In my high school years, a notetaker for specific classes was added to my plan. The sharpest classmates were assigned to take notes using carbon paper, handing me the copy at the end of class. This was greatly beneficial because there were many things that I would otherwise miss.
Hansen: What was your experience like socially—friendships, extracurriculars?
Hensley: Growing up, I had friends in each grade. I was never in the popular group, but it didn’t bother me. Those who were my friends were good friends.
In high school, I became interested in one of the school dance teams. I took a couple of years of dance classes as gym electives, tried out, and made it! I was on the team for my junior and senior years and loved it. People find it surprising that I could be on a dance team. I could hear the music vaguely, but dancing to me was mostly about counting. I could also feel the bass vibrations well in many of the songs.
Hansen: How was your transition to college? Many might be concerned that a deaf young woman, minimally supported through most of K-12, may simply flounder in college.
Hensley: To the contrary, college really opened an entirely new world for me. Shortly after arriving on campus, I was introduced to an ASL Club and there I began really learning the language in earnest. Even though I hadn’t signed much since 2nd grade, I soaked up ASL like a sponge. It came to me naturally and quickly as if I knew it all my life. Though this personal development was bittersweet, too. On one hand, I came to realize the social and academic opportunities that I was missing out on when growing up, but on the other, it was my first real exposure into Deaf culture and I found my tribe.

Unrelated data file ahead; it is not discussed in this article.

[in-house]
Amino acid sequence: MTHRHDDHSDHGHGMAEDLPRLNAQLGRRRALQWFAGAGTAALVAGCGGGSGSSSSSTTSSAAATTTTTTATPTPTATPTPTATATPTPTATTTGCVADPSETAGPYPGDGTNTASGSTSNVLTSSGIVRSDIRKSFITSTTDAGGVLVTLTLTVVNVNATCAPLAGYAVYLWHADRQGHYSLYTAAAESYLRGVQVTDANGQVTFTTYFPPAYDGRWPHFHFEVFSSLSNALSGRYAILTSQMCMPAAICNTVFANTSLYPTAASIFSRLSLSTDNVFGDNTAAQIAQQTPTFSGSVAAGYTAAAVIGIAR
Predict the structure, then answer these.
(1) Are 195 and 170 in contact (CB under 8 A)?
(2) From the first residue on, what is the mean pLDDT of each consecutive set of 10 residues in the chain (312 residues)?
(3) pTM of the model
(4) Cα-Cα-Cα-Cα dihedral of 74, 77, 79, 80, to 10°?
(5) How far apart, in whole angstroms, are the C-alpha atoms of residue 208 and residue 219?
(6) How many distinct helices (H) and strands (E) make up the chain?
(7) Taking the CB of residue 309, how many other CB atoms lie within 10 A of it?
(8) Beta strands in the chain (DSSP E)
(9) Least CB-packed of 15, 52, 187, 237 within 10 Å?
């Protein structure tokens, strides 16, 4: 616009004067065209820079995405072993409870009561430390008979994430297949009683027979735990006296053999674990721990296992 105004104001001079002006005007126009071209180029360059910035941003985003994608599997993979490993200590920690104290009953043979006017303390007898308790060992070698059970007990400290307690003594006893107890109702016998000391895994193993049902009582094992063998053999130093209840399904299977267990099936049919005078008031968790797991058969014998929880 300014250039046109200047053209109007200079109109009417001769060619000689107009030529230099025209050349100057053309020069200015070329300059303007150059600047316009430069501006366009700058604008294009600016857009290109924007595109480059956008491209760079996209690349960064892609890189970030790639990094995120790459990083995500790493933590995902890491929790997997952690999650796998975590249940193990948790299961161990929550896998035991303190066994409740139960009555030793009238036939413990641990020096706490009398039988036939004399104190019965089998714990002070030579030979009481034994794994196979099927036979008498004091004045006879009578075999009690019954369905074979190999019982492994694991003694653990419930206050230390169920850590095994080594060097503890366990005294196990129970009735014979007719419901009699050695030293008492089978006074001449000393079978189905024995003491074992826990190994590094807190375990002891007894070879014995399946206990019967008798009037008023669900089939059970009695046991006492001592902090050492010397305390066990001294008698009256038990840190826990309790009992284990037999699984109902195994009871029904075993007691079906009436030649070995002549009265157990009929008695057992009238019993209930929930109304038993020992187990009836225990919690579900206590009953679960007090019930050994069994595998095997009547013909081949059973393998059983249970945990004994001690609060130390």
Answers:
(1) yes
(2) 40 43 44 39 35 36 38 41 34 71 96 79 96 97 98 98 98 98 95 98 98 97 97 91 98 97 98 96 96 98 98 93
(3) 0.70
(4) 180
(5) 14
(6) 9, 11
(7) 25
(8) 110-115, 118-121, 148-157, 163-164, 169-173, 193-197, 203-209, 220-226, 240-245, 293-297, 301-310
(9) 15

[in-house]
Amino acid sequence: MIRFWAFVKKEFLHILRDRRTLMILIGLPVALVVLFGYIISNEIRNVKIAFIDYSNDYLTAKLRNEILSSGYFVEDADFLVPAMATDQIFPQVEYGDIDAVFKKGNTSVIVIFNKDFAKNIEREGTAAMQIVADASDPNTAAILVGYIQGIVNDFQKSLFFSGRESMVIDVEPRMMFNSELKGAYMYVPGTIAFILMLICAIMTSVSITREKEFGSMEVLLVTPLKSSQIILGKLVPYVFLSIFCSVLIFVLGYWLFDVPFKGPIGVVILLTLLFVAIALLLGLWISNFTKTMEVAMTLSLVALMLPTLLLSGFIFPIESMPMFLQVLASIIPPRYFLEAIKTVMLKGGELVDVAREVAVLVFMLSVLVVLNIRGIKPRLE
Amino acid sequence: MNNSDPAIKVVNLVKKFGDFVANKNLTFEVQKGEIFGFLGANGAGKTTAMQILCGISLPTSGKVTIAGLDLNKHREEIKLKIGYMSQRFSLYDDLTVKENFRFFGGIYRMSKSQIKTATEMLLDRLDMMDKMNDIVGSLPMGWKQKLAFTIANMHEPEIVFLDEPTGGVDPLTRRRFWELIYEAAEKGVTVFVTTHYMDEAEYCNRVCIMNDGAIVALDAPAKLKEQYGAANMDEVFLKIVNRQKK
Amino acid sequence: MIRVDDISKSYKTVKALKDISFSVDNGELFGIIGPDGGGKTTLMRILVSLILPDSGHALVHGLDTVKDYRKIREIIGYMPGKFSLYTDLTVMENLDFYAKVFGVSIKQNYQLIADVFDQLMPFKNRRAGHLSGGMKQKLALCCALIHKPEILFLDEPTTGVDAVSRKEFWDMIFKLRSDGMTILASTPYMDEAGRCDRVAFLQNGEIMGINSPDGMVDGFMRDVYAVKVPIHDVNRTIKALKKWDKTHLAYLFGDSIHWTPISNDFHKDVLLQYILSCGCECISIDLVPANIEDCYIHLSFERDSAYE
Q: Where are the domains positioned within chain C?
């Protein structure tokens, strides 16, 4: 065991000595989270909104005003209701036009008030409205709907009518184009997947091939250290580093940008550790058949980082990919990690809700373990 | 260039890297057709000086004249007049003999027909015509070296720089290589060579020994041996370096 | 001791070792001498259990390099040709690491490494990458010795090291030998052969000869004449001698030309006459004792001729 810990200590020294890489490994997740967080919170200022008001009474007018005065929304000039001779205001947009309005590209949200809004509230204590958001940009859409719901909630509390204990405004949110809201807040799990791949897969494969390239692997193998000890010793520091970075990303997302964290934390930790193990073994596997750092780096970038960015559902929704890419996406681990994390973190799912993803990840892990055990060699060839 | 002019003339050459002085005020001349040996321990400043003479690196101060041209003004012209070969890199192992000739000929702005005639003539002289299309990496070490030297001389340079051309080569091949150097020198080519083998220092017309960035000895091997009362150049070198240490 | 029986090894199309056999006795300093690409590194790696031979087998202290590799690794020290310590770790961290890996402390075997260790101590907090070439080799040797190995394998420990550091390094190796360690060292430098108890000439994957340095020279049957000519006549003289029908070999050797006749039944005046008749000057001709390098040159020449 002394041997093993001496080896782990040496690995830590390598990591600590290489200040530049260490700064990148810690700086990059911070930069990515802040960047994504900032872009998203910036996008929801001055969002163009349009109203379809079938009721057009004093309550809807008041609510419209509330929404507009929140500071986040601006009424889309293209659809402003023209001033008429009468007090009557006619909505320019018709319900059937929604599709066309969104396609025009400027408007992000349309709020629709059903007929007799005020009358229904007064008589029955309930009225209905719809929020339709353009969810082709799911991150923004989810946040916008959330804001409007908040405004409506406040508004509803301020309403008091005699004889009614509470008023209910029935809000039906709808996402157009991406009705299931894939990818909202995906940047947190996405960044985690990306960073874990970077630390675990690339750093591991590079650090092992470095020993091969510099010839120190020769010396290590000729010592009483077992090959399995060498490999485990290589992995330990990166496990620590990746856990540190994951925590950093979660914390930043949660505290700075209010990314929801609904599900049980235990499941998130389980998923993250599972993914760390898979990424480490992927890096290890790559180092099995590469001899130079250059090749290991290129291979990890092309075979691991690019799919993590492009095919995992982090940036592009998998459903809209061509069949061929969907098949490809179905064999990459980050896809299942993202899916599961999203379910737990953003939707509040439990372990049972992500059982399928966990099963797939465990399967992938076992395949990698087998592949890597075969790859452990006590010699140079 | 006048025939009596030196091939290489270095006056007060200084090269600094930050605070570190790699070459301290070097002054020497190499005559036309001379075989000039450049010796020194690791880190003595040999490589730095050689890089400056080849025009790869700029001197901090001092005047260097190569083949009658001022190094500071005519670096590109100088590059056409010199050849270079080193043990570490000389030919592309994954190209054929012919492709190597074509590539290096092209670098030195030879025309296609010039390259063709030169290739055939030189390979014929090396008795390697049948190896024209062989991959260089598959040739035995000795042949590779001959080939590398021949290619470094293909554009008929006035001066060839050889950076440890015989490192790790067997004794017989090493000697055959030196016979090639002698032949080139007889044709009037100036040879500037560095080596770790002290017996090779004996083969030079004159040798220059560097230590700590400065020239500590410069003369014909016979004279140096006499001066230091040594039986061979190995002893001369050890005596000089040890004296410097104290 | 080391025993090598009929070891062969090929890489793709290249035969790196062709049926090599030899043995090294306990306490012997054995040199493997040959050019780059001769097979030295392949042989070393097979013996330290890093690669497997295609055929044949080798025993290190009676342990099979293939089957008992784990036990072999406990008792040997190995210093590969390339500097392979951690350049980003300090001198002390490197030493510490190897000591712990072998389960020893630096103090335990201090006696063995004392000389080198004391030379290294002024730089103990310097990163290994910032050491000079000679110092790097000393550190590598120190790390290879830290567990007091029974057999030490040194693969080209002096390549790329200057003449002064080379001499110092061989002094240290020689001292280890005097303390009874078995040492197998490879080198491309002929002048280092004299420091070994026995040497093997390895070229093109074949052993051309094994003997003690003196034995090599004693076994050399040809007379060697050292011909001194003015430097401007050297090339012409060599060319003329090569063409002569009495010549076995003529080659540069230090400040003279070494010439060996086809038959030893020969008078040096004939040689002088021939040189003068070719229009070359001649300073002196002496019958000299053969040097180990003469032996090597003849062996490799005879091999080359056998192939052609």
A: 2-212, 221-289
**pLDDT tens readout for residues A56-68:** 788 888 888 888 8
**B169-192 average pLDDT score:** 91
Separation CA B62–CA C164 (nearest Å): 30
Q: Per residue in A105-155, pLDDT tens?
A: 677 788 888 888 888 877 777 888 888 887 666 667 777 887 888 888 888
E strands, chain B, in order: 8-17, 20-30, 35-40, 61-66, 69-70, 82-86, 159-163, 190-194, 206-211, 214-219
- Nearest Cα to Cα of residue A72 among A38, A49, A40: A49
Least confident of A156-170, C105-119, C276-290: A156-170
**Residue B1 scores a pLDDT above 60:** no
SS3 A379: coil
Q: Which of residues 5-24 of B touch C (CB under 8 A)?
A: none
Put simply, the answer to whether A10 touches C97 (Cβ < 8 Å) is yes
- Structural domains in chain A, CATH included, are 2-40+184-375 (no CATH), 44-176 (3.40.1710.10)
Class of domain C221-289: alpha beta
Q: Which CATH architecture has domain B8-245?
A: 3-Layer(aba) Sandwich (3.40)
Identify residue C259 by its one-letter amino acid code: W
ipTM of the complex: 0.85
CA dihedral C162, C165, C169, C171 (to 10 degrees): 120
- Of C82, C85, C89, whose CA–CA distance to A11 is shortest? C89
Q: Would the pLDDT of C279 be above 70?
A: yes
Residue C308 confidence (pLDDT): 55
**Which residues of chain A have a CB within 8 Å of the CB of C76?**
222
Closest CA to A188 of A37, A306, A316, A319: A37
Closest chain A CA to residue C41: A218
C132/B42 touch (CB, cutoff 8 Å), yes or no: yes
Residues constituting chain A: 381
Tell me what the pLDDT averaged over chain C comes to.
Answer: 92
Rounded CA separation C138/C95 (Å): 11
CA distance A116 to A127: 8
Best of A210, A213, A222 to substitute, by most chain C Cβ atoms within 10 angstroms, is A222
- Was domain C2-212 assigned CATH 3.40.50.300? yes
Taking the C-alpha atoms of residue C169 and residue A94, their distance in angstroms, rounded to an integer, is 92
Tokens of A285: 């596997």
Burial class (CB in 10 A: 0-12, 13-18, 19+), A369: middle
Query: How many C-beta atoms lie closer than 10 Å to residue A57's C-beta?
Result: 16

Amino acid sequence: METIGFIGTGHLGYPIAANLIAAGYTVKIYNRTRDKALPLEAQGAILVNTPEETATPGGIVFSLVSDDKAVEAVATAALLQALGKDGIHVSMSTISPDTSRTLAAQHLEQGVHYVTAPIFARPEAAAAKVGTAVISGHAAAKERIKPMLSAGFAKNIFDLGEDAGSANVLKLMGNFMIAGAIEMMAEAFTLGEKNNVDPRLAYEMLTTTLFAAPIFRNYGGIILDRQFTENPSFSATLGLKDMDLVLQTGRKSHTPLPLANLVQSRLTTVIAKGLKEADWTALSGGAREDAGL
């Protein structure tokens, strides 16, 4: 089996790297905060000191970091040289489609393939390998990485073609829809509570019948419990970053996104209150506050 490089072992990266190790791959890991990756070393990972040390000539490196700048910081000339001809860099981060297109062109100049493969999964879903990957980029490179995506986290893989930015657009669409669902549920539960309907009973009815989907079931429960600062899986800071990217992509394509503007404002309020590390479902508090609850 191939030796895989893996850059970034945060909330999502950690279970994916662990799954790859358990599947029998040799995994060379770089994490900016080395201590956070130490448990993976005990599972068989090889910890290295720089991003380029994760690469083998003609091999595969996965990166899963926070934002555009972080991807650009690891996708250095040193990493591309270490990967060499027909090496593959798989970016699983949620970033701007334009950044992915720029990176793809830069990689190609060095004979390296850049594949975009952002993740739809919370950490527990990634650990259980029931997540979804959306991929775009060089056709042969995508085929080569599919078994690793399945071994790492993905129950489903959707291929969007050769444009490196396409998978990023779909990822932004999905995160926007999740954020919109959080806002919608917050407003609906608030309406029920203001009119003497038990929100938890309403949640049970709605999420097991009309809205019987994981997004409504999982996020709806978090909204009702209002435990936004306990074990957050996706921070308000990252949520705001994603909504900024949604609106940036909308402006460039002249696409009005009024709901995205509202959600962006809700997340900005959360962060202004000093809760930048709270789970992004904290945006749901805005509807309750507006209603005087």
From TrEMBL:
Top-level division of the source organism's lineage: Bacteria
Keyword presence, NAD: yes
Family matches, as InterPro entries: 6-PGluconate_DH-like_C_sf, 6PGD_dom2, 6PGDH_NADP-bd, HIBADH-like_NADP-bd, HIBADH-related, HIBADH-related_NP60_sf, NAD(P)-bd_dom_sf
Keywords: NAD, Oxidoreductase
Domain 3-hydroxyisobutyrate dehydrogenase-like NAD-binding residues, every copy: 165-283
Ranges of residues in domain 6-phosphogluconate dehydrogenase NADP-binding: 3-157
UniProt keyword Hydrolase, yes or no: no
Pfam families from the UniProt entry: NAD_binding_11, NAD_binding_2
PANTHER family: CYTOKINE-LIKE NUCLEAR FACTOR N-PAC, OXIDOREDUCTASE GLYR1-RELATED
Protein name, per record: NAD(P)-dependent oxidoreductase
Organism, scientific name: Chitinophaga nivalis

Hansen: Many of our readers may be just newly aware of Deaf culture thanks to the public response to CODA, this year’s Academy Award-winning best picture, though I think most hearing people have infrequent interactions with deaf people and therefore have little understanding of the Deaf community.
Hensley: Yes, the Deaf community is often hidden in plain sight, but we’re here, too! We don’t look different from anyone else—and our language has perks: we can have conversations across the room and through windows!
Deaf culture is powerful. It’s critical in helping deaf people find support and thrive in the hearing world, while also providing social benefits to being in the community. Deaf children born to hearing families are often isolated and disconnected from Deaf culture, and I feel schools should be doing more to facilitate contact with the Deaf community to tap into those resources. ASL interpreters to help deaf kids keep up with classmates are great, though being connected to the larger Deaf community is transformative.
This is why working in the school district as a deaf person was such a powerful experience. It gave the students I interacted with the chance to see a deaf person succeeding. The fact that I went to college and have a job sends a powerful message to young deaf students. I like to think that being part of these students’ lives helped them to see the things they are capable of in their lives. In a perfect world, every family with a deaf child would have a Deaf mentor that they can use as a resource for life and school situations.
The authors thank Jill Radford, program lead for Deaf Education at Idaho State University, Stephanie Morrison, former Teacher of the Deaf, and Roberta J. Cordano, President of Gallaudet University, for feedback and helpful edits.